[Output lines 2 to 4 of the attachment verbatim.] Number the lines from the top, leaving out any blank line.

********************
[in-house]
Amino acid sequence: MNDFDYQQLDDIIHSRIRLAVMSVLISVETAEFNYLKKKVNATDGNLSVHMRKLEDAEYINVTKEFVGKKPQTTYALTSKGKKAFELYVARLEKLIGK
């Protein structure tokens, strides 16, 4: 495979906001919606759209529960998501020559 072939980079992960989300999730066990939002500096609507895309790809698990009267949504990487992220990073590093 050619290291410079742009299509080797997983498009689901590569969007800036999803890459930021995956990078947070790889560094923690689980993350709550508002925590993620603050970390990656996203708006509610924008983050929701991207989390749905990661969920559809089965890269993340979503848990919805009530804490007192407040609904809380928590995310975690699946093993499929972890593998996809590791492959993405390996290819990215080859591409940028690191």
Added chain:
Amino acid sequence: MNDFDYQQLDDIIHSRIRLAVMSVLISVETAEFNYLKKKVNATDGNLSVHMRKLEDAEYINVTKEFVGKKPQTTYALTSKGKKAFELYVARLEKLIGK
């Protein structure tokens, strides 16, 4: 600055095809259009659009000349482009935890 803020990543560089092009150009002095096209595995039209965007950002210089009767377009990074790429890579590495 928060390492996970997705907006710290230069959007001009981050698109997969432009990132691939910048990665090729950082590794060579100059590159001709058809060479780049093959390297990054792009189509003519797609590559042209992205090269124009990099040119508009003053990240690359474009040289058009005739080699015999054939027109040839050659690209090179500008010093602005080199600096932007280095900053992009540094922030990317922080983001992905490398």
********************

Amino acid sequence: MNDFDYQQLDDIIHSRIRLAVMSVLISVETAEFNYLKKKVNATDGNLSVHMRKLEDAEYINVTKEFVGKKPQTTYALTSKGKKAFELYVARLEKLIGK
């Protein structure tokens, strides 16, 4: 495979906001919606759209529960998501020559 072939980079992960989300999730066990939002500096609507895309790809698990009267949504990487992220990073590093 050619290291410079742009299509080797997983498009689901590569969007800036999803890459930021995956990078947070790889560094923690689980993350709550508002925590993620603050970390990656996203708006509610924008983050929701991207989390749905990661969920559809089965890269993340979503848990919805009530804490007192407040609904809380928590995310975690699946093993499929972890593998996809590791492959993405390996290819990215080859591409940028690191």
Added chain: